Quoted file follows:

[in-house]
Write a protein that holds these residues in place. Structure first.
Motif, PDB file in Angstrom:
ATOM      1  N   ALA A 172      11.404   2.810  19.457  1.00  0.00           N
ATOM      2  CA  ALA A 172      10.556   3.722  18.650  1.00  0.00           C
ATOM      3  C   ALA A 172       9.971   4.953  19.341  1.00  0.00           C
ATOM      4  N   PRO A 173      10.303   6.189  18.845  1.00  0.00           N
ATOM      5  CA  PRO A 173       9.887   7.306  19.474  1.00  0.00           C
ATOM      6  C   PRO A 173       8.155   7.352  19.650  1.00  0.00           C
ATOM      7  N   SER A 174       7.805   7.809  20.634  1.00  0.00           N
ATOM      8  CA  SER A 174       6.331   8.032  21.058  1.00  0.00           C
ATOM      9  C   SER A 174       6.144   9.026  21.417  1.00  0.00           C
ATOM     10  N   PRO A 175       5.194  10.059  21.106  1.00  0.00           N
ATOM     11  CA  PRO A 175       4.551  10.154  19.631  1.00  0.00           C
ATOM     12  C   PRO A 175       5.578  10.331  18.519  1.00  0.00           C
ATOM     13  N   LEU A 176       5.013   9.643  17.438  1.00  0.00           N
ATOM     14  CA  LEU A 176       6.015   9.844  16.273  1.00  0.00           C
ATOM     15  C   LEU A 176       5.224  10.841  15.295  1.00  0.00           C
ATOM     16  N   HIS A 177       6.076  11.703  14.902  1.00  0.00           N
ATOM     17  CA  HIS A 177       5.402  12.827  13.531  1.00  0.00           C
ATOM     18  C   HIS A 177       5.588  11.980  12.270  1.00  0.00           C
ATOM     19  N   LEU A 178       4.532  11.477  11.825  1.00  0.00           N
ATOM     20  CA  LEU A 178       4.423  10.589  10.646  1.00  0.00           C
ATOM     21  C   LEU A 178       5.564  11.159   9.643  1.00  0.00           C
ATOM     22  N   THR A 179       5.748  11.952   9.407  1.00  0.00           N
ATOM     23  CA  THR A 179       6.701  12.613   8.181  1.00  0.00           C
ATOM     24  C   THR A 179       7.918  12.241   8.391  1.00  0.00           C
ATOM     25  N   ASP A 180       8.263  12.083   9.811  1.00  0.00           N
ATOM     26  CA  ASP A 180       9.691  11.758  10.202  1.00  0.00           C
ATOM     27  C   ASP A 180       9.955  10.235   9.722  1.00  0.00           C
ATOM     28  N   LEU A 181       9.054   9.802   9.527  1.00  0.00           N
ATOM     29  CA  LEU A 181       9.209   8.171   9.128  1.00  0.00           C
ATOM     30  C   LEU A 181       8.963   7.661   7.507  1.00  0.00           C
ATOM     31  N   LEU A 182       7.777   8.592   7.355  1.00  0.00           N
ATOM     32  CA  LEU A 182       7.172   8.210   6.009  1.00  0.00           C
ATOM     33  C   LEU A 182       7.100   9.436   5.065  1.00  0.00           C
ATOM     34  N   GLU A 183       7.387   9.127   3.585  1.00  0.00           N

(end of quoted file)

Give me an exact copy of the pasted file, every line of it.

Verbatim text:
[in-house]
Write a protein that holds these residues in place. Structure first.
Motif, PDB file in Angstrom:
ATOM      1  N   ALA A 172      11.404   2.810  19.457  1.00  0.00           N
ATOM      2  CA  ALA A 172      10.556   3.722  18.650  1.00  0.00           C
ATOM      3  C   ALA A 172       9.971   4.953  19.341  1.00  0.00           C
ATOM      4  N   PRO A 173      10.303   6.189  18.845  1.00  0.00           N
ATOM      5  CA  PRO A 173       9.887   7.306  19.474  1.00  0.00           C
ATOM      6  C   PRO A 173       8.155   7.352  19.650  1.00  0.00           C
ATOM      7  N   SER A 174       7.805   7.809  20.634  1.00  0.00           N
ATOM      8  CA  SER A 174       6.331   8.032  21.058  1.00  0.00           C
ATOM      9  C   SER A 174       6.144   9.026  21.417  1.00  0.00           C
ATOM     10  N   PRO A 175       5.194  10.059  21.106  1.00  0.00           N
ATOM     11  CA  PRO A 175       4.551  10.154  19.631  1.00  0.00           C
ATOM     12  C   PRO A 175       5.578  10.331  18.519  1.00  0.00           C
ATOM     13  N   LEU A 176       5.013   9.643  17.438  1.00  0.00           N
ATOM     14  CA  LEU A 176       6.015   9.844  16.273  1.00  0.00           C
ATOM     15  C   LEU A 176       5.224  10.841  15.295  1.00  0.00           C
ATOM     16  N   HIS A 177       6.076  11.703  14.902  1.00  0.00           N
ATOM     17  CA  HIS A 177       5.402  12.827  13.531  1.00  0.00           C
ATOM     18  C   HIS A 177       5.588  11.980  12.270  1.00  0.00           C
ATOM     19  N   LEU A 178       4.532  11.477  11.825  1.00  0.00           N
ATOM     20  CA  LEU A 178       4.423  10.589  10.646  1.00  0.00           C
ATOM     21  C   LEU A 178       5.564  11.159   9.643  1.00  0.00           C
ATOM     22  N   THR A 179       5.748  11.952   9.407  1.00  0.00           N
ATOM     23  CA  THR A 179       6.701  12.613   8.181  1.00  0.00           C
ATOM     24  C   THR A 179       7.918  12.241   8.391  1.00  0.00           C
ATOM     25  N   ASP A 180       8.263  12.083   9.811  1.00  0.00           N
ATOM     26  CA  ASP A 180       9.691  11.758  10.202  1.00  0.00           C
ATOM     27  C   ASP A 180       9.955  10.235   9.722  1.00  0.00           C
ATOM     28  N   LEU A 181       9.054   9.802   9.527  1.00  0.00           N
ATOM     29  CA  LEU A 181       9.209   8.171   9.128  1.00  0.00           C
ATOM     30  C   LEU A 181       8.963   7.661   7.507  1.00  0.00           C
ATOM     31  N   LEU A 182       7.777   8.592   7.355  1.00  0.00           N
ATOM     32  CA  LEU A 182       7.172   8.210   6.009  1.00  0.00           C
ATOM     33  C   LEU A 182       7.100   9.436   5.065  1.00  0.00           C
ATOM     34  N   GLU A 183       7.387   9.127   3.585  1.00  0.00           N